Nathan C. Heard
Nathan C. Heard is considered one of the forefathers of "urban street literature" and "prison literature". Heard's first novel Howard Street, published in 1968, depicts the underbelly of inner-city life of Black America. Howard Street sold more than 1 million copies. Heard also wrote five other novels.
Nathan C. Heard started writing while serving a seven-year sentence for armed robbery at New Jersey State Prison in Trenton. After his release, Heard taught black literature at the University of California - Fresno and creative writing at Rutgers. He appeared in several "Blaxploitation" films, including Gordon's War. During the 1970's, Heard wrote a column for the New York Times. Nathan Heard passed away in 2004 at the age of 67.
Originally published in 1968, this is the searingly powerful first novel written inside Trenton State Prison and based on the authentic first-hand Newark street experiences of one of the most accomplished African-American writers. Howard Street is a uniquely powerful combination of the hard-earned insight into the ghetto world of pimps, 'hos, junkies, dope dealers, winos, corrupt cops, and young hoodlums of such "black experience" legends as Donald Goines and Iceberg Slim, with the disciplined and inspired pulp prose of Jim Thompson, Charles Willeford or Chester Himes.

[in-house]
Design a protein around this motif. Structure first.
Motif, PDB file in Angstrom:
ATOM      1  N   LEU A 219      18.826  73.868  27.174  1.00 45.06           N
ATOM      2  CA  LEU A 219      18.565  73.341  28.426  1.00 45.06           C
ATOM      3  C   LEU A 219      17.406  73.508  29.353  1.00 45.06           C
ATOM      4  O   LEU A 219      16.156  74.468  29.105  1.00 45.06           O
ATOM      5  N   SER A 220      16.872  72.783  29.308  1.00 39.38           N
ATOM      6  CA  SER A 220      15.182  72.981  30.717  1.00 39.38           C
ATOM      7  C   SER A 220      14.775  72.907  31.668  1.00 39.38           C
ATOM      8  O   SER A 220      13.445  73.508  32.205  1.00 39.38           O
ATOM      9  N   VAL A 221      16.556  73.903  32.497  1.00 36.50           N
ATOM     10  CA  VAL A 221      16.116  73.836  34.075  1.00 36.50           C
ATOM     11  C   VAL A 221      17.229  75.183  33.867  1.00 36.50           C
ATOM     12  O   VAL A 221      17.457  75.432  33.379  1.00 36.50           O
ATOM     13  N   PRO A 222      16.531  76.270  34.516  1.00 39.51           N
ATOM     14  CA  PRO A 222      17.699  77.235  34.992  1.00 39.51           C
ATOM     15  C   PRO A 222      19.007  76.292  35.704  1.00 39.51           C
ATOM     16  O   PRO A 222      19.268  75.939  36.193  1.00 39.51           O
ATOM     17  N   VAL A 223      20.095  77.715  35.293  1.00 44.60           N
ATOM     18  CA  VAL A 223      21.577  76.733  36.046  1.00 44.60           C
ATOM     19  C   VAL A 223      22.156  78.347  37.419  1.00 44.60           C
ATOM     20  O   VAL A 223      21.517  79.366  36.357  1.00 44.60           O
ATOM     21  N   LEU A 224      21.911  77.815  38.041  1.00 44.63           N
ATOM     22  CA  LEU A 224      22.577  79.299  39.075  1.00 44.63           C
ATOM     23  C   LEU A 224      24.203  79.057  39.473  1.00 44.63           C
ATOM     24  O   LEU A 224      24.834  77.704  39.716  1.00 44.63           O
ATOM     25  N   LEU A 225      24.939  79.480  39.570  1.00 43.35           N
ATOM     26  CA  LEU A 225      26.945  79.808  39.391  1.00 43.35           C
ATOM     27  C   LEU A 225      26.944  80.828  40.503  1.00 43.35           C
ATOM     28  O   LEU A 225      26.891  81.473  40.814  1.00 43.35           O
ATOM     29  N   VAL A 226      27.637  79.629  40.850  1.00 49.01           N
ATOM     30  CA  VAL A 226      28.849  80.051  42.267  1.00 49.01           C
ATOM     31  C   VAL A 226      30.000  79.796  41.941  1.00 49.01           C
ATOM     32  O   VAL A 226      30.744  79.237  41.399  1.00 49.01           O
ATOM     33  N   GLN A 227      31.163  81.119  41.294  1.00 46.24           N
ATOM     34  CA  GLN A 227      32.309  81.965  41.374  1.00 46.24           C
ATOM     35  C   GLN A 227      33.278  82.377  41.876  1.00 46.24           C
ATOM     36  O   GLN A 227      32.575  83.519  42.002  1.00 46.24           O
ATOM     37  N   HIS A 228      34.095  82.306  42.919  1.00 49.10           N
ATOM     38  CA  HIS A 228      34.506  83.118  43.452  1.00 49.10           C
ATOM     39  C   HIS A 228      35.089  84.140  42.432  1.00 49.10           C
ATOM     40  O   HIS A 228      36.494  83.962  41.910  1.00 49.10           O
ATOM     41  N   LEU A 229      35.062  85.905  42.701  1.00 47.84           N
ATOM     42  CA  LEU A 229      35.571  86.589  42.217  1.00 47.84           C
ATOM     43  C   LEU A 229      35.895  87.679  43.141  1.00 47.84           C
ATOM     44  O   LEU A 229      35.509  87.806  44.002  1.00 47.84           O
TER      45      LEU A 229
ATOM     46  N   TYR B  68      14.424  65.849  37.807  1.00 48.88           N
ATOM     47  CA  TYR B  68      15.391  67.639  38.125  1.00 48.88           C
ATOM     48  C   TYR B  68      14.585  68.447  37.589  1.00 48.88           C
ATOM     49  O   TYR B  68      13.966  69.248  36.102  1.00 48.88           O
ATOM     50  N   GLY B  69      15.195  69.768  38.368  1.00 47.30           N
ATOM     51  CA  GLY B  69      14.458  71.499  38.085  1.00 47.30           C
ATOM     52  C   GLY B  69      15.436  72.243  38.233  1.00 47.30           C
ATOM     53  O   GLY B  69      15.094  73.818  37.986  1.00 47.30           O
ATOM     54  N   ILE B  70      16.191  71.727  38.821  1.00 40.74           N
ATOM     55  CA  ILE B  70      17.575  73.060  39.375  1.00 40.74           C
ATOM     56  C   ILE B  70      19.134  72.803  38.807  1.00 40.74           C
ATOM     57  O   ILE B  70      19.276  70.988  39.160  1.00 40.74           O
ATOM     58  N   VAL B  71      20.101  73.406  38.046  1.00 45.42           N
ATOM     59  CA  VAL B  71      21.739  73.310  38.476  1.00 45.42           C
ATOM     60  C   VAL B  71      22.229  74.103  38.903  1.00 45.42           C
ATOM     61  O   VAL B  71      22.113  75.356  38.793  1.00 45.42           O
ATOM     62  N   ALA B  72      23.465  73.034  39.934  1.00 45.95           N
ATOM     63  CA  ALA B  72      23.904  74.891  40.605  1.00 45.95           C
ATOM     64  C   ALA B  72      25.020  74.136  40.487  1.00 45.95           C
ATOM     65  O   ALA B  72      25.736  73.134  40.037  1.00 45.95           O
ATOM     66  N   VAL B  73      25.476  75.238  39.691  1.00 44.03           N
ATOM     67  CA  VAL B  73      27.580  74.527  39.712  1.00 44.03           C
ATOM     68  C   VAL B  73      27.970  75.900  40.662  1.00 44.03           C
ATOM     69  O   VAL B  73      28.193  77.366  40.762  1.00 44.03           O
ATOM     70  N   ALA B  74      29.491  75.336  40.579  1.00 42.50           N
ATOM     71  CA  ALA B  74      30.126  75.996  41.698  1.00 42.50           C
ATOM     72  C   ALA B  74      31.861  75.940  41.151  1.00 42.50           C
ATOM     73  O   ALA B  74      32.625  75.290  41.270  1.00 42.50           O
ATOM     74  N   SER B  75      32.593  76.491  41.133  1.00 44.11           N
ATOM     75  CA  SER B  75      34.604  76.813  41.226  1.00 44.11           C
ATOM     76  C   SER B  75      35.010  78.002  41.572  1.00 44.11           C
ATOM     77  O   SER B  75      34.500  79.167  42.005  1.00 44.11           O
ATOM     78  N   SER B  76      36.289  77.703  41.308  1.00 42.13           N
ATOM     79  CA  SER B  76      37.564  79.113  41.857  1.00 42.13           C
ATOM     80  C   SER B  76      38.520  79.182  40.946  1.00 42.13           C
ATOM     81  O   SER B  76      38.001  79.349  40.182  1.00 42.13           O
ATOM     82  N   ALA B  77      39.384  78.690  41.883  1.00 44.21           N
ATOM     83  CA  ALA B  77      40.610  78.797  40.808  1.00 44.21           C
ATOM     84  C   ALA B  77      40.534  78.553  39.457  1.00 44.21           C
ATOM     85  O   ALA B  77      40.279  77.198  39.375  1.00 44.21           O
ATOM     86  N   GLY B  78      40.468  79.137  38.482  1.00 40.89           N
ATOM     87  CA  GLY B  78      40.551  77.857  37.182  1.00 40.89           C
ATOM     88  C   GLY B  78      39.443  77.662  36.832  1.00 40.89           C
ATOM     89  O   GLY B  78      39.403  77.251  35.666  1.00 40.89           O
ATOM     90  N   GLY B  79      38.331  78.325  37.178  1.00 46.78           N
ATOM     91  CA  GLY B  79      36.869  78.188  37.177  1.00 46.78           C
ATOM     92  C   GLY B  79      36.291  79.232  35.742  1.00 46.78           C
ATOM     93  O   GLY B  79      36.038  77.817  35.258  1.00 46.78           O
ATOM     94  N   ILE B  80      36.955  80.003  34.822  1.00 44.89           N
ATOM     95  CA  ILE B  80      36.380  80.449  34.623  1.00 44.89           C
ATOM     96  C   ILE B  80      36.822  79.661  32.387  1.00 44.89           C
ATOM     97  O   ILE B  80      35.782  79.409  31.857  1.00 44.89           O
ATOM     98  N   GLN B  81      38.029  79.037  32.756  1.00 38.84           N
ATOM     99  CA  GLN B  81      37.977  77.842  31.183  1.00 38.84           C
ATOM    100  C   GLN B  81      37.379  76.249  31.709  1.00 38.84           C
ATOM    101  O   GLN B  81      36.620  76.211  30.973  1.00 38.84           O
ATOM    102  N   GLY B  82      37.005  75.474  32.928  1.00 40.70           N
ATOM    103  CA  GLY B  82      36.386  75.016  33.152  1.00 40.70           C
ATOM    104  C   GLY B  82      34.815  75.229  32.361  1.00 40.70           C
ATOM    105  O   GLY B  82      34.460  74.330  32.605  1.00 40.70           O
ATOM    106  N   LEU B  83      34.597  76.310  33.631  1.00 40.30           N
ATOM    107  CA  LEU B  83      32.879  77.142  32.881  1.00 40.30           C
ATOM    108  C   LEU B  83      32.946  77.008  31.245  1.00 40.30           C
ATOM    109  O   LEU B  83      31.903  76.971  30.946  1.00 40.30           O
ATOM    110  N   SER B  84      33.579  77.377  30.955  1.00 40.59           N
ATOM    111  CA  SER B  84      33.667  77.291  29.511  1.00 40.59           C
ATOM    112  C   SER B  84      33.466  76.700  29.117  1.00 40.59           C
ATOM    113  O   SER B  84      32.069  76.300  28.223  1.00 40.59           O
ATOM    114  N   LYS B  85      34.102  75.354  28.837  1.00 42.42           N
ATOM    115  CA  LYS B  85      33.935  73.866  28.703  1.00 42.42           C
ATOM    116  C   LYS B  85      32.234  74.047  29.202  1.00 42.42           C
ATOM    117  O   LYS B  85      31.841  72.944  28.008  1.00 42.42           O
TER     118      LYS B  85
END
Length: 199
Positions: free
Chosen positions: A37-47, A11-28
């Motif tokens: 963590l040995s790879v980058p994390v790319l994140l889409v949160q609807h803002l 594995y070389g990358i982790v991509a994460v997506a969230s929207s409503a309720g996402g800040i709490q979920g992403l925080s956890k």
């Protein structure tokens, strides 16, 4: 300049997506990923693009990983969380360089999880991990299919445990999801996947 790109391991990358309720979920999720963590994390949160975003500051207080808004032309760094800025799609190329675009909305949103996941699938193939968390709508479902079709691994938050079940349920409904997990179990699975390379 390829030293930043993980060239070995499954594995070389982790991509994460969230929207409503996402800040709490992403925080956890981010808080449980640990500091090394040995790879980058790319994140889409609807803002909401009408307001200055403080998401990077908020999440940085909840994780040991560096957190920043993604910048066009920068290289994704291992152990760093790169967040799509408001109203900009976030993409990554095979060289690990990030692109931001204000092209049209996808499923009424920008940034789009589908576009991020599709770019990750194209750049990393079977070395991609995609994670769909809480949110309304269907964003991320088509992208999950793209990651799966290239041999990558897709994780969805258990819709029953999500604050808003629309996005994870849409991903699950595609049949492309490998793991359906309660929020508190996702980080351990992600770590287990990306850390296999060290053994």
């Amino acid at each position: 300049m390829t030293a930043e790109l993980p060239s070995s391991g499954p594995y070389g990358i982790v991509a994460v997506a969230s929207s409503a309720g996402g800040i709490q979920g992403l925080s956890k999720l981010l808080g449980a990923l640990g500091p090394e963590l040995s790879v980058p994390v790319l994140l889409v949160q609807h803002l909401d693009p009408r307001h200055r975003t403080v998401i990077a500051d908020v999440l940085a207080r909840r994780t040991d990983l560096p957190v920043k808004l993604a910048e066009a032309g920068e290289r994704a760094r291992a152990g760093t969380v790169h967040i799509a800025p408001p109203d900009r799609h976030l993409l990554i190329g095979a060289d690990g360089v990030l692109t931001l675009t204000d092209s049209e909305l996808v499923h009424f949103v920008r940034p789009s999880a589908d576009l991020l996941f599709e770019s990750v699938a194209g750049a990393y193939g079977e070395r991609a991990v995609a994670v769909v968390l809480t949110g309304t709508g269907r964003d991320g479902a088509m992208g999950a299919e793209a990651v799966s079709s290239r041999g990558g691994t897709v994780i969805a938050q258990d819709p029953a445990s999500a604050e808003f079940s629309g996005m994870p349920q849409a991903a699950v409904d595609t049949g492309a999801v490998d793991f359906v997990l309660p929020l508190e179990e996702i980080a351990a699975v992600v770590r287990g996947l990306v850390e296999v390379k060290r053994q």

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by Nathan C. Heard
A major literary rediscovery, this is a searing first novel written inside Trenton State Prison in 1968. Howard Street sold over a million copies. One of the first literary depictions of black ghetto life, this hard boiled novel evokes a lost time in African-American culture. Based on first-hand Newark street experiences with unique insight into the psychology, motivations and lingo of the ghetto.
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